Science journalism in Africa is making remarkable progress, with widespread improvements in the quality and quantity of science in the media, reports Esther Nakkazi.
[KAMPALA] African science journalists face many problems, including hostile editors who say that politics sells better than science, poor pay, lack of training, and a general lack of amenities, such as transport.
Their work is made harder by the disdain with which many scientists treat them.
Scientists complain that African science journalists are poorly educated, in science and often in journalism, that many do not prepare their interviews properly, and that they write inaccurate copy. Ethics are an issue, too: sometimes hard-up reporters ask scientists to pay them before they publish information.
David Dickson, founding director and former editor of SciDev.Net, sees another failing: Too few science journalists spend time probing critically into science stories, tending to rely on material provided in press releases and by official spokespersons, rather than pursuing 'the story behind the story'.
Yet in a number of Western countries, science journalists are beginning to look like an endangered species losing their jobs and switching to other beats like business, politics, or sport to survive.
In Africa they are flourishing.
Onwards and upwards
Diran Onifade, president of the African Federation of Science Journalists (AFSJ) and publisher of the Nigeria-based AfricaSTI, an online science publication covering science and technology news in Africa, says the quality of stories he receives has risen since he set up the operation a year ago.
Jean-Marc Fleury, executive director of the World Federation of Science Journalists (WFSJ) and holder of the Bell Globemedia Chair in Science Journalism at the Universit Laval in Qubec, Canada, describes progress as remarkable.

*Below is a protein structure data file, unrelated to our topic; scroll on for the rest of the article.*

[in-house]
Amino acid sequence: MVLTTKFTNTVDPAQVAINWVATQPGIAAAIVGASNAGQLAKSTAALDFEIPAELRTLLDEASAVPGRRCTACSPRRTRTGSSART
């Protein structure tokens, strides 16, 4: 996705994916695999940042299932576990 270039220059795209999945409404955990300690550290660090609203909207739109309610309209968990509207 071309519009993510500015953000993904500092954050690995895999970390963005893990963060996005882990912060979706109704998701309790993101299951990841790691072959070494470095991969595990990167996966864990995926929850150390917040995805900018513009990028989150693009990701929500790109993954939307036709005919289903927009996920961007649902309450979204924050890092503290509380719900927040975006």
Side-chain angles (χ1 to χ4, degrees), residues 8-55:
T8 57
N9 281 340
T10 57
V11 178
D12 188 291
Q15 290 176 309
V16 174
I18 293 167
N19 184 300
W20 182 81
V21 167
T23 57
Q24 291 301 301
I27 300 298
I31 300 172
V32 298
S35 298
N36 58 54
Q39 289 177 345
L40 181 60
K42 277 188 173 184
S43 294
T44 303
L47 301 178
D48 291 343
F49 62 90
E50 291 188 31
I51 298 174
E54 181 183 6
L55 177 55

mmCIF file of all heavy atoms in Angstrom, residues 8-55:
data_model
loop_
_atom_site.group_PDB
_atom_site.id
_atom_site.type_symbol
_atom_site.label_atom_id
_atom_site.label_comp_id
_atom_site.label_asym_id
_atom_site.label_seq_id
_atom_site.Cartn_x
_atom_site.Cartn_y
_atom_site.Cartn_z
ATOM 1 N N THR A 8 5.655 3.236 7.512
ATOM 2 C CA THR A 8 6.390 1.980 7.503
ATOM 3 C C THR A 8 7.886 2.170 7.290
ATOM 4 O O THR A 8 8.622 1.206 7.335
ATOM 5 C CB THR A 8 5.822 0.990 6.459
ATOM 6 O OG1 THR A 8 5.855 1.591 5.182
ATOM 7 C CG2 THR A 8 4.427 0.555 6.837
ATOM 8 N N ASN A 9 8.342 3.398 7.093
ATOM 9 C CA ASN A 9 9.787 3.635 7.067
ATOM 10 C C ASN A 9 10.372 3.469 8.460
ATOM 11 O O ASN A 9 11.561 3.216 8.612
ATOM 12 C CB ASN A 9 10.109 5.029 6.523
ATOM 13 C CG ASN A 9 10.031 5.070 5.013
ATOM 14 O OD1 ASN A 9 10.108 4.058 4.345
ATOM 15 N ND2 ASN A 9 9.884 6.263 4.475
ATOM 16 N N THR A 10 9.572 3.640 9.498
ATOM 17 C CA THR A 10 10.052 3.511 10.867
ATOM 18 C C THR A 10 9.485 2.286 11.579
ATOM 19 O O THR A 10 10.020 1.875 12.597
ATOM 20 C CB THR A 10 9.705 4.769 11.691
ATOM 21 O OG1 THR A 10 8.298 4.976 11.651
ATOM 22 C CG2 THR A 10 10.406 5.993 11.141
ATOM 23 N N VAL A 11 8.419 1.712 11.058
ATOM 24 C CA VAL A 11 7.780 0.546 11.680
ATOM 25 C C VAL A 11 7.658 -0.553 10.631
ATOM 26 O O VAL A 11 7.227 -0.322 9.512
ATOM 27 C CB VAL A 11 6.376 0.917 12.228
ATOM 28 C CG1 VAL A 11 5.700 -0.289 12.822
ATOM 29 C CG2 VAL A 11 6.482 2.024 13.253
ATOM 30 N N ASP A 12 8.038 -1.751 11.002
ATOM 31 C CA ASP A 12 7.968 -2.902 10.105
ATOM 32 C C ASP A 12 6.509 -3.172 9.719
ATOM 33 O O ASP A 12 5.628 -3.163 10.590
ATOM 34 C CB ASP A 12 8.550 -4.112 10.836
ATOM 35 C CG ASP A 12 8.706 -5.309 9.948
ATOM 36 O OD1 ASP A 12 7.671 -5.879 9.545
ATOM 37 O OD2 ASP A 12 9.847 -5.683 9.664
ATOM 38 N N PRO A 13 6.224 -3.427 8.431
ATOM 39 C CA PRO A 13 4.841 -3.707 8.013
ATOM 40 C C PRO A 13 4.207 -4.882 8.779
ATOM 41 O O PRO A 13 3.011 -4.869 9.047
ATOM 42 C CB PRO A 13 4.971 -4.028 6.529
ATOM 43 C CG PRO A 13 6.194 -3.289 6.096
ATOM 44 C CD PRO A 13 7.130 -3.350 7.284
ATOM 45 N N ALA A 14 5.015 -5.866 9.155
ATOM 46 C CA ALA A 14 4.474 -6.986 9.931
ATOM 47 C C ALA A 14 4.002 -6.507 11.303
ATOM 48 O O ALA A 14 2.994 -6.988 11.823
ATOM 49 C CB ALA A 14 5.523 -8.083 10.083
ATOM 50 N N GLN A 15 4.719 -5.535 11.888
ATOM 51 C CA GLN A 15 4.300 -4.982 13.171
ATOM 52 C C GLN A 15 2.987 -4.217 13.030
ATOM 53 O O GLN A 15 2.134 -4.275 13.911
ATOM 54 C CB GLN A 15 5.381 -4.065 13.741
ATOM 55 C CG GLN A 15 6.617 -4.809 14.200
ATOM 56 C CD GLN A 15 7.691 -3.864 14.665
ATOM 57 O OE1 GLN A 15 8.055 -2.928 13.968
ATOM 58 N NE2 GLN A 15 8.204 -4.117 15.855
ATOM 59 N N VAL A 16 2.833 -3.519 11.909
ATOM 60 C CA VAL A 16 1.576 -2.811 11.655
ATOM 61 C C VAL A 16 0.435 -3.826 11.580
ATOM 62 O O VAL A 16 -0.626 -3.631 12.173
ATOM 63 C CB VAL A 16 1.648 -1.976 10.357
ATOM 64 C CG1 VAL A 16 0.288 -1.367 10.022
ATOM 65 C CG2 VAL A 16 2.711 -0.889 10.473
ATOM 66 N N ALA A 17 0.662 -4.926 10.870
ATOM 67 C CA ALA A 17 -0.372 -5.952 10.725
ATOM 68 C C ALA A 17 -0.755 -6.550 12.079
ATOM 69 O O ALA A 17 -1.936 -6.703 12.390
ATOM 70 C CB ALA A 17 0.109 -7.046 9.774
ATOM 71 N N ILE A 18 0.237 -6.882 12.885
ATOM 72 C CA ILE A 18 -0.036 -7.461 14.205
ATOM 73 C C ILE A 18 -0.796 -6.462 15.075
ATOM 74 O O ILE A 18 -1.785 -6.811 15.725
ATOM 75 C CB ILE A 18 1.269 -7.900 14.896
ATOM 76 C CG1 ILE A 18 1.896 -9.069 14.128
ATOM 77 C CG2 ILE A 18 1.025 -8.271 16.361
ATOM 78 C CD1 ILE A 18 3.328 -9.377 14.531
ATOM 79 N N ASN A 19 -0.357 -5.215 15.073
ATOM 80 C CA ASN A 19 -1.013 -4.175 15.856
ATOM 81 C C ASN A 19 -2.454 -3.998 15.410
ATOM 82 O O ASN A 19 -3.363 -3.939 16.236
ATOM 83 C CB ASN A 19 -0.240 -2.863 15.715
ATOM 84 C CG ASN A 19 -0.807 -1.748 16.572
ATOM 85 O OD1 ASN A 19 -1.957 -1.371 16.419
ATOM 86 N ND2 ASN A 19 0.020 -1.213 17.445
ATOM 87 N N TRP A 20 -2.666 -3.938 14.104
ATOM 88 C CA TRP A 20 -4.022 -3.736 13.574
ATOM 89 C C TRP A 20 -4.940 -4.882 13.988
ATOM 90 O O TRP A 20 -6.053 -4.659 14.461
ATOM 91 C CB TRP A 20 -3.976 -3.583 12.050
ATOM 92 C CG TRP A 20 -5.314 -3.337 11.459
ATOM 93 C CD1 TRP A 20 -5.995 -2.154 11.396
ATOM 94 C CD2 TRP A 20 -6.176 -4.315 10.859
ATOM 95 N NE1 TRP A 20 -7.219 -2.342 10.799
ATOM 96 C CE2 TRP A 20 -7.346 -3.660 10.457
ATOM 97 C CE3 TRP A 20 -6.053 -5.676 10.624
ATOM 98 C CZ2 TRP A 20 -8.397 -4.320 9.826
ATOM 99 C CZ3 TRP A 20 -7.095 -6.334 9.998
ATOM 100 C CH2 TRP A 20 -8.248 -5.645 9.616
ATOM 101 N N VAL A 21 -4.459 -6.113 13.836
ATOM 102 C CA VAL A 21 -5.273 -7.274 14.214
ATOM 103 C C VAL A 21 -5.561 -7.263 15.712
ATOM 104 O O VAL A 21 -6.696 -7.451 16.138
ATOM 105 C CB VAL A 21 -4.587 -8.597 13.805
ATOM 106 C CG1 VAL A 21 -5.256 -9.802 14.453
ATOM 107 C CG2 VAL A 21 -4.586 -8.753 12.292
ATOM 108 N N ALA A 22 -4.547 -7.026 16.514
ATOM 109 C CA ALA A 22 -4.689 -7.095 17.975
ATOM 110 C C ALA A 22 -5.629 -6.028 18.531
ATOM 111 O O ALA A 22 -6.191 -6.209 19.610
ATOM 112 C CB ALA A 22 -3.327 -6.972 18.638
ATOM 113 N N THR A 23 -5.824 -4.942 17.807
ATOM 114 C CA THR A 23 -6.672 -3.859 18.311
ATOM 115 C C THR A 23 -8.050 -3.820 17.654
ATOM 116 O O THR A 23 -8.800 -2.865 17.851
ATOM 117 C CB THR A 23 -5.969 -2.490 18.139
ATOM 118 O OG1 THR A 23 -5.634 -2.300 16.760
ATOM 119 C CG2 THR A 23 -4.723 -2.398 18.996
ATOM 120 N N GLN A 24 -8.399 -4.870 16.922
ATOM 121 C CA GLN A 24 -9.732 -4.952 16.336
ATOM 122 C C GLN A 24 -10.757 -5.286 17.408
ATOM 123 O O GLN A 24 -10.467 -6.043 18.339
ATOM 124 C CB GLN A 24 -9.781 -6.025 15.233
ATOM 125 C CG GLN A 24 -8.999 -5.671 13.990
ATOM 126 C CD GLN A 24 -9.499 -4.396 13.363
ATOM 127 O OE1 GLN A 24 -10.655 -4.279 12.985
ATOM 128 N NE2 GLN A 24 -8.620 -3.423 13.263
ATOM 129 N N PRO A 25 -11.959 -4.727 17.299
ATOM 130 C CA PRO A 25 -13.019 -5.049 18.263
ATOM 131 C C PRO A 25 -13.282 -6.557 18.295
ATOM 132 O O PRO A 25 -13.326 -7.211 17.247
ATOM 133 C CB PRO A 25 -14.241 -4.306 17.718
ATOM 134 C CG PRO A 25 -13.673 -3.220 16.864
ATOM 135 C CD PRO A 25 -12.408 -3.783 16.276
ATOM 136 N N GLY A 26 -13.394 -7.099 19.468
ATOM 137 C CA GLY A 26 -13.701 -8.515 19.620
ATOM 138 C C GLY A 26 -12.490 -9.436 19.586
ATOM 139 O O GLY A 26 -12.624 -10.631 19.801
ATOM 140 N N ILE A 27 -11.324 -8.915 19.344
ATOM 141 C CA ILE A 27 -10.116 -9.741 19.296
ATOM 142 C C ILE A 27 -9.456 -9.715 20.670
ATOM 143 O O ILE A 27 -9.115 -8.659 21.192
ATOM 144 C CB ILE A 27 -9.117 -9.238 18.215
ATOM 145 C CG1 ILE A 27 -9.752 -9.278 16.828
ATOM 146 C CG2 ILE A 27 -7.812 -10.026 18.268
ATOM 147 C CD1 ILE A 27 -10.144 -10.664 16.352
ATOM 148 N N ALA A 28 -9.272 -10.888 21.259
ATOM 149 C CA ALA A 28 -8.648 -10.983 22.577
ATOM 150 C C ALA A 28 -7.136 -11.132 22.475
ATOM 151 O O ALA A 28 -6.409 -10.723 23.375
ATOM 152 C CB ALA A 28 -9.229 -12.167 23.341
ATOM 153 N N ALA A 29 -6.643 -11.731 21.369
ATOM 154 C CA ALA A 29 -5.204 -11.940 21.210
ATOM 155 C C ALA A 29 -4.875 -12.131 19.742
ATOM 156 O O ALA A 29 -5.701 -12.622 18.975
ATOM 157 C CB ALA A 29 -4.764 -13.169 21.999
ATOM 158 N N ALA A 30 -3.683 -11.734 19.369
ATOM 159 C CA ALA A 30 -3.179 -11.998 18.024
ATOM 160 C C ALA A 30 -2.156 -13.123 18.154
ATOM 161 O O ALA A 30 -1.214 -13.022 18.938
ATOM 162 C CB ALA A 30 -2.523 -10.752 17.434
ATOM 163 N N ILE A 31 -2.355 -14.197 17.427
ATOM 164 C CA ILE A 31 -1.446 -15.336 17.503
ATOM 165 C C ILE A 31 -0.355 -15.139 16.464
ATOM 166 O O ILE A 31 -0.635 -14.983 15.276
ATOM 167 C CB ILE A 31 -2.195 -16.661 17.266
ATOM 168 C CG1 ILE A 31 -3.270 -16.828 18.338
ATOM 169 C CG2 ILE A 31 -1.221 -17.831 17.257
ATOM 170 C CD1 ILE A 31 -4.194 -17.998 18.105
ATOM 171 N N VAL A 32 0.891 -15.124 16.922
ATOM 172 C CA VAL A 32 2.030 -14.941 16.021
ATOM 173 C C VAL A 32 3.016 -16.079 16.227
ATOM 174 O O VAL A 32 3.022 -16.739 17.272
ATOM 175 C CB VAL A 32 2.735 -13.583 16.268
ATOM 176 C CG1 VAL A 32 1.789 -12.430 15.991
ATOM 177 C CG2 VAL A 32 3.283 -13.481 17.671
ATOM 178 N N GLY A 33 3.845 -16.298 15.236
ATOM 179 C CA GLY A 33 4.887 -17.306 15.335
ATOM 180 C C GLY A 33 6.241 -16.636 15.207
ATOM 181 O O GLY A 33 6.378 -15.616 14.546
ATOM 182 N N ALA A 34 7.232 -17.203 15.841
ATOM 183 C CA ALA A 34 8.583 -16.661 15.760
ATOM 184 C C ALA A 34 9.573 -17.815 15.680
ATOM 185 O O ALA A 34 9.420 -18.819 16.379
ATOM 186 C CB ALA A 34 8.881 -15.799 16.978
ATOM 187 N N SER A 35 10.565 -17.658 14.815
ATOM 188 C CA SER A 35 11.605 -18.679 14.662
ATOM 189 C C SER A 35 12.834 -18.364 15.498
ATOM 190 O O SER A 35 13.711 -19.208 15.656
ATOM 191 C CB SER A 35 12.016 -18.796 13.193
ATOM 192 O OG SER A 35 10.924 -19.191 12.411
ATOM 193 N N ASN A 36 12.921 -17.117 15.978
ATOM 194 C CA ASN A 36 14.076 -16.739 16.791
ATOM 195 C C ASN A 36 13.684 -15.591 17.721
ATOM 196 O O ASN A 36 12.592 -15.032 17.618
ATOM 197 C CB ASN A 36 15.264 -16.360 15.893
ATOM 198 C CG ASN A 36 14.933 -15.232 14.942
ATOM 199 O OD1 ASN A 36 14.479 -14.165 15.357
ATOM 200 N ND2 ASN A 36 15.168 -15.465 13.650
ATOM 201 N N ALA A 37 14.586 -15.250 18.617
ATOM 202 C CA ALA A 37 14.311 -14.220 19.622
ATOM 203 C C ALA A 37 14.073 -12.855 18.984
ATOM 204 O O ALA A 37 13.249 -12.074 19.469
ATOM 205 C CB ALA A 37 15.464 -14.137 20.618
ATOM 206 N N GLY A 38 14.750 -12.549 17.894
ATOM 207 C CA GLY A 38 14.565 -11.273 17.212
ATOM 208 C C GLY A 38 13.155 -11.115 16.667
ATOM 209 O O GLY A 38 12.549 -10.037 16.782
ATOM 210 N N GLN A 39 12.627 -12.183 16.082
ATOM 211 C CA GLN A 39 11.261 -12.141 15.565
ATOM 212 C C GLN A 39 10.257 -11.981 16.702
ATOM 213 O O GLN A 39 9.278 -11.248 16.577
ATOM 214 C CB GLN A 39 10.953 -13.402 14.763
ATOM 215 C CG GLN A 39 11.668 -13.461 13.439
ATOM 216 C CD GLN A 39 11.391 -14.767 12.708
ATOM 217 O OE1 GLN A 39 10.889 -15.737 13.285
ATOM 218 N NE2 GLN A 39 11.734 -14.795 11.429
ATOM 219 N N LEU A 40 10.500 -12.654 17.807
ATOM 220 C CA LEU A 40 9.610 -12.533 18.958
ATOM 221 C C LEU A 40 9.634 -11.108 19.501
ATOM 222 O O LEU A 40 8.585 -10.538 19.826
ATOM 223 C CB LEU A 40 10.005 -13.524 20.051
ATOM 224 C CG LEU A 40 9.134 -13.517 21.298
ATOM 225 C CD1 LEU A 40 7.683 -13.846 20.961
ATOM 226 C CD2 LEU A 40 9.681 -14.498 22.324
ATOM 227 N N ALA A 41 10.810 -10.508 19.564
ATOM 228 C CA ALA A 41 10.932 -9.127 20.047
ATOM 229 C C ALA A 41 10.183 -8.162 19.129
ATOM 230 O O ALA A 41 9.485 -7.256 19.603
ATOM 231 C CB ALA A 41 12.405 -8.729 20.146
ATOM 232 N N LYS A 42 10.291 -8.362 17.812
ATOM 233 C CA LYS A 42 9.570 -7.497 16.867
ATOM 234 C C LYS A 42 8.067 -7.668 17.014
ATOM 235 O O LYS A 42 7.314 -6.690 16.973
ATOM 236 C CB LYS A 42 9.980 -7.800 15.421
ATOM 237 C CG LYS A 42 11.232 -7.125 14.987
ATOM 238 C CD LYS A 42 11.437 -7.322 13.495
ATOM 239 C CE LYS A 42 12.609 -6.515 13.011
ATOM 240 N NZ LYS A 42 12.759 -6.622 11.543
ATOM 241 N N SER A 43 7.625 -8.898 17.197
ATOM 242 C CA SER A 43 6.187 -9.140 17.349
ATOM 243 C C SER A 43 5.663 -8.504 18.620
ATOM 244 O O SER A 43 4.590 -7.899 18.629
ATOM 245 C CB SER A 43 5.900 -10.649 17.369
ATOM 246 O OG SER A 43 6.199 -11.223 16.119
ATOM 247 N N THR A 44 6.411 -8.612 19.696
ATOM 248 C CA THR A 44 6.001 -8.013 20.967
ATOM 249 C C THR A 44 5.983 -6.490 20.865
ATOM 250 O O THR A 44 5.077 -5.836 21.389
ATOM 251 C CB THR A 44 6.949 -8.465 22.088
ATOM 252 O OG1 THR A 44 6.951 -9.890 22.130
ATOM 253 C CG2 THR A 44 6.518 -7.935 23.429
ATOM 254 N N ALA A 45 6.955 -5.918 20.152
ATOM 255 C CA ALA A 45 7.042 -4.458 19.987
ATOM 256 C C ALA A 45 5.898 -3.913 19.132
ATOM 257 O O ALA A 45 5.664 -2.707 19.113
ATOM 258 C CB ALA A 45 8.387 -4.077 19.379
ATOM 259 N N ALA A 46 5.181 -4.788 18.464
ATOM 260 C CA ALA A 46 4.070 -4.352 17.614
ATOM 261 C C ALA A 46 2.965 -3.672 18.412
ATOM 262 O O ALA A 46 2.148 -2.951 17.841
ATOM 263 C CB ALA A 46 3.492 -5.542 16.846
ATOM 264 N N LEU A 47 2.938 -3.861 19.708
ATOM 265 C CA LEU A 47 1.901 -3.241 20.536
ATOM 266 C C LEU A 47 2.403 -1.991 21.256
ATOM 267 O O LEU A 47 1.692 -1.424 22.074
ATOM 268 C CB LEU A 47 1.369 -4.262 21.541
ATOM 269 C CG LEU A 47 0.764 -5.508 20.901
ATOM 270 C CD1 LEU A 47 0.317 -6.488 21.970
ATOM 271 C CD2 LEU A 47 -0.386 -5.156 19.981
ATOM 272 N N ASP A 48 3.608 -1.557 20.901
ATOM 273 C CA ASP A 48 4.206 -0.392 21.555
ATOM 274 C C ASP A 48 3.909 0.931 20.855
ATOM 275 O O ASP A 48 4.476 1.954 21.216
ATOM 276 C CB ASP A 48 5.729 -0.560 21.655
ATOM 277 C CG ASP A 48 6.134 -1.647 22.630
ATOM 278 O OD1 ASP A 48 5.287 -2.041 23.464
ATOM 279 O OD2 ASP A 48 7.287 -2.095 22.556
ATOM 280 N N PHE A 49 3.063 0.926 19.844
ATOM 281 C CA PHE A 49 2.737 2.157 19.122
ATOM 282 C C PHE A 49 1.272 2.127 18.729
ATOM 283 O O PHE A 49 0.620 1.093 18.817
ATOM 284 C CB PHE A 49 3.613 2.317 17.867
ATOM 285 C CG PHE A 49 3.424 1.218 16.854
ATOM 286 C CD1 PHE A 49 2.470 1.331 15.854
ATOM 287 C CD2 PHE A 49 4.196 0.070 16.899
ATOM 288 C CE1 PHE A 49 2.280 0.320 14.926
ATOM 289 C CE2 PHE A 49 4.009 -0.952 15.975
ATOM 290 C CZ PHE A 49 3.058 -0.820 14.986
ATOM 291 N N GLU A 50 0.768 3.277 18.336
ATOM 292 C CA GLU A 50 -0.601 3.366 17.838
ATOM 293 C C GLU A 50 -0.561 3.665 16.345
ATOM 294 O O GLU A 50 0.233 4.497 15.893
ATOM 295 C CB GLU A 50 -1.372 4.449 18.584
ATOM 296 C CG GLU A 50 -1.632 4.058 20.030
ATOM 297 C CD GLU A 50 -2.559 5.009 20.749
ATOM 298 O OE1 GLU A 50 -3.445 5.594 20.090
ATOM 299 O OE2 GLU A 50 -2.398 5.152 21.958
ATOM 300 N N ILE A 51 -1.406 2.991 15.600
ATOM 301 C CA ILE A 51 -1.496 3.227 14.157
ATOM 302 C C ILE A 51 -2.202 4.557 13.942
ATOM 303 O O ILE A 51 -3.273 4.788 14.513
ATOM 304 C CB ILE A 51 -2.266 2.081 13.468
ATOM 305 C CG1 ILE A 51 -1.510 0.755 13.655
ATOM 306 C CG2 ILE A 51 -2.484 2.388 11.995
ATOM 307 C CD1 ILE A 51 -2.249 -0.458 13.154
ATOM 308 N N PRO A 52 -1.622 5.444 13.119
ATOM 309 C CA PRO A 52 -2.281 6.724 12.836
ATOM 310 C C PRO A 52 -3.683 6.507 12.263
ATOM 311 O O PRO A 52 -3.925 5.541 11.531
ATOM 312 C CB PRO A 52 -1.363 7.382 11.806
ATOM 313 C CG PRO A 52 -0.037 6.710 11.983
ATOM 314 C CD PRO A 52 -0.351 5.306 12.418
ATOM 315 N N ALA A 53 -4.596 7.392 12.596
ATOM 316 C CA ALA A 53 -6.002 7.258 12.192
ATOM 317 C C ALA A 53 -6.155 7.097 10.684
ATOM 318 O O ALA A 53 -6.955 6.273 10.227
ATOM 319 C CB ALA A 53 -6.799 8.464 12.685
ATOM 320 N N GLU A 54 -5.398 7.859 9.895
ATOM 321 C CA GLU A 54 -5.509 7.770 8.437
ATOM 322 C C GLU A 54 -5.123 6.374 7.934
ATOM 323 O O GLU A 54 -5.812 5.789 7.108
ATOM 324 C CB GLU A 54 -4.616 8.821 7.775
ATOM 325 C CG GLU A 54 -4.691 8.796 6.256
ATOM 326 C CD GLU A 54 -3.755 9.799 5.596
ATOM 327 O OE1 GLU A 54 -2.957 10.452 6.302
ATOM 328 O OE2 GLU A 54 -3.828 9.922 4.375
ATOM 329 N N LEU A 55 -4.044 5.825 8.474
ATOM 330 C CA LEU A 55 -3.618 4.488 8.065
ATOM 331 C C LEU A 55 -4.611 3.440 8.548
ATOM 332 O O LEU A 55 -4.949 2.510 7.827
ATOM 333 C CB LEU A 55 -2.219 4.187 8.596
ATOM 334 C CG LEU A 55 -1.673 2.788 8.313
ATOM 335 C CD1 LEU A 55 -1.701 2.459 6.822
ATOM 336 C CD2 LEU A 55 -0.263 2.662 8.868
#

After monitoring a range of African newsrooms, the WFSJ found that in almost all science coverage has been given more dedicated space, and we see more journalists specialising actively in reporting on it, says Fleury.
The advances are not uniform progress has generally been faster in Anglophone than Francophone Africa, for example but there are improvements wherever you look.
The Kenya-based Science Africa is on its 20th issue, and two of the country's daily newspapers, the Daily Nation and the Standard, cover science extensively. Mozambique's Noticias has a science page. The Ghana News Agency consistently features science news. Nigeria's This Day newspaper has clearly shifted towards more science reporting, and the country's Hot 98.3 FM has set up a science desk in Abuja and carries three minutes of science reporting in every major news bulletin.
Several factors have contributed to the change, not least the attention that more African governments are giving to science in their plans for development and education.
Scientists' trust in journalists has also improved. This was confirmed in a report last year by the Department of Journalism and Communication at Uganda's Makerere University, which said: Their dealings with journalists have improved although the levels of such engagement still remain low, and may be limited to being sources of information, and occasionally, analysts.
The stronger relationship is based on journalists' need to support their stories with authoritative voices or experts: Fortunately, some are always willing to talk.
And science journalists' associations have played a key role.